Dansgaard was able to visit Camp Century during a research expedition to Greenland in 1964, but American Military secrecy guidelines kept him from seeing the ice core drilling site. He would have to wait two more years before being able to get his hands on ice from the Camp Century core. He contacted Dr. Chester C. Langway, Jr., who had been in charge of CRREL’s ice coring operations, to ask if he and his laboratory at the University of Copenhagen could analyze ice from the Camp Century core. Langway agreed on the basis that Dansgaard had already been doing noteworthy work in the field of mass spectroscopy.
Dansgaard and his team melted and analyzed samples of ice taken form the Camp Century core layer by layer. By plotting δ18O (one gets this number by taking the ratio of oxygen isotope ratios, subtracting 1 form it and multiplying the result by 1000) as a function of depth and thus the age of the ice, Dansgaard was able to show how temperatures in Greenland have fluctuated over the past 100,000 years. He published his findings in the journal Science in 1969.
As expected, the most remarkable shift in temperature in the graph happened between the end of the Last Glacial Maximum about 21,000 years ago and the start of the current interglacial period, the Holocene, about 11,700 years ago. However some smaller temperature fluctuations during the last ice age, which lasted between about 110,000 and 20,000 years ago, were quite sudden. This came as a surprise to paleoclimatologists at the time. The conventional belief amongst the scientific community until that point had been that large-scale changes in climate happened only gradually over a long period of time. Dansgaard’s results had put this idea into question.
A few years later, Dansgaard and other researchers also looked at the oxygen isotope ratios in the first bedrock ice core Hansen and his team drilled from the Antarctic Ice Sheet at Byrd Station between 1966 and 1968. The temperature data they were able to obtain from the 2,164 metre core went back almost as far back in time as the Camp Century core and showed similar temperature fluctuations to the temperture data they got from the Camp Century curve.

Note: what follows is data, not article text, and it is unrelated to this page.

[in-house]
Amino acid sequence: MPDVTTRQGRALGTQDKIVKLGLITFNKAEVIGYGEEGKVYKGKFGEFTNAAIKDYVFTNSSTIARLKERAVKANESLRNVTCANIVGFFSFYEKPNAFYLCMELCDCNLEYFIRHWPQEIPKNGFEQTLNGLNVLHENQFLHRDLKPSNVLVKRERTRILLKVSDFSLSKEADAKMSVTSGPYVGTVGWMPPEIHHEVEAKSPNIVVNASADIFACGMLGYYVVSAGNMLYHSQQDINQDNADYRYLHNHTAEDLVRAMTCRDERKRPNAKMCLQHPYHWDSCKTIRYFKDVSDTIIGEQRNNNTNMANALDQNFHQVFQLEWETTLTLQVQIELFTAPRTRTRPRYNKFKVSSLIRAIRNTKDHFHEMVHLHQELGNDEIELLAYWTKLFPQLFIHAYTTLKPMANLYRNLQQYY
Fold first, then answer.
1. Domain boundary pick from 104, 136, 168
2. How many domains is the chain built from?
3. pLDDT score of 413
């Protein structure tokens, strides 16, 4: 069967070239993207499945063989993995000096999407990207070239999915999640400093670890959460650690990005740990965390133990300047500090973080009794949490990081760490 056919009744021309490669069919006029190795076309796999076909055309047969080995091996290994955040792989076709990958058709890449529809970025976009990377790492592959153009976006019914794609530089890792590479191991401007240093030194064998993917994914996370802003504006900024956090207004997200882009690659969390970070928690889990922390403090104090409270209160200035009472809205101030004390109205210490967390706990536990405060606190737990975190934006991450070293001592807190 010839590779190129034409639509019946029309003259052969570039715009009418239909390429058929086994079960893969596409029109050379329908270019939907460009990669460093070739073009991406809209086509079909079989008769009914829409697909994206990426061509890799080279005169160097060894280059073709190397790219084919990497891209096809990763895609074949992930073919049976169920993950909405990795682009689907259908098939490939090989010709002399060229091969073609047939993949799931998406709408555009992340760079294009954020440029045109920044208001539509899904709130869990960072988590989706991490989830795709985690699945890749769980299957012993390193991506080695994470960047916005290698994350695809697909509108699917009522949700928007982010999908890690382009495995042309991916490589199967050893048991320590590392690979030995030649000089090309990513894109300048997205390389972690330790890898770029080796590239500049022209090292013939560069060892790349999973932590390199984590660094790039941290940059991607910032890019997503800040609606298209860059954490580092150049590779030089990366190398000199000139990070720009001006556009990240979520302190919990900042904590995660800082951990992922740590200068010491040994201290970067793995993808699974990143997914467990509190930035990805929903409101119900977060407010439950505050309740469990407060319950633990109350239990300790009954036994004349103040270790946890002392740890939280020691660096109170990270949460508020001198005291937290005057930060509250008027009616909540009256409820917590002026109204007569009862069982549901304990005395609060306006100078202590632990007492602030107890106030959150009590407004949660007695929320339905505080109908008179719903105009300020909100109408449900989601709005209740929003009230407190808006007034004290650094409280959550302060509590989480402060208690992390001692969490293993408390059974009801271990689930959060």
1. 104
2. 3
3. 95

However more deep ice cores from other locations would need to be extracted and analyzed to learn more.
In 1970, CRREL, the University of Copenhagen and the University of Bern in Switzerland agreed to pool their resources and efforts in the Greenland Ice Sheet Program (GISP), which had as its aim to extract ice cores at different places on the Greenland Ice Sheet. Dr. Hans Oeschger –who had worked with Dansgaard previously and had worked on a method for determining the chemical composition of the air bubbles trapped in ice cores, making it possible to see how greenhouse gas concentrations in the atmosphere had fluctuated in the past – was also involved in the project.
GISP extracted more than a dozen intermediate-depth ice cores throughout the 1970s. Its crowning achievement was a 2,038 metre ice core drilled to the bedrock at Dye 3, a now-abandoned American radar station in southern Greenland. The Dye 3 core contained ice going back nearly as far as the Camp Century core. Its curve of temperature fluctuations closely matched those seen in the Camp Century core.
Dansgaard continued to be involved in ice core analysis until the end of his career. In the last major coring project he worked on before retiring in 1992, Dansgaard and his team at the University of Copenhagen led the multinational Greenland Ice Core Project (GRIP), which extracted a 3,028 metre bedrock ice core from the centre of the Greenland Ice Sheet between 1989 and 1992. A follow-up project called the Northern Greenland Ice Core Project (NGRIP) extracted cores from further north on the Greenland Ice Sheet, including one to a depth of 3,085 metres.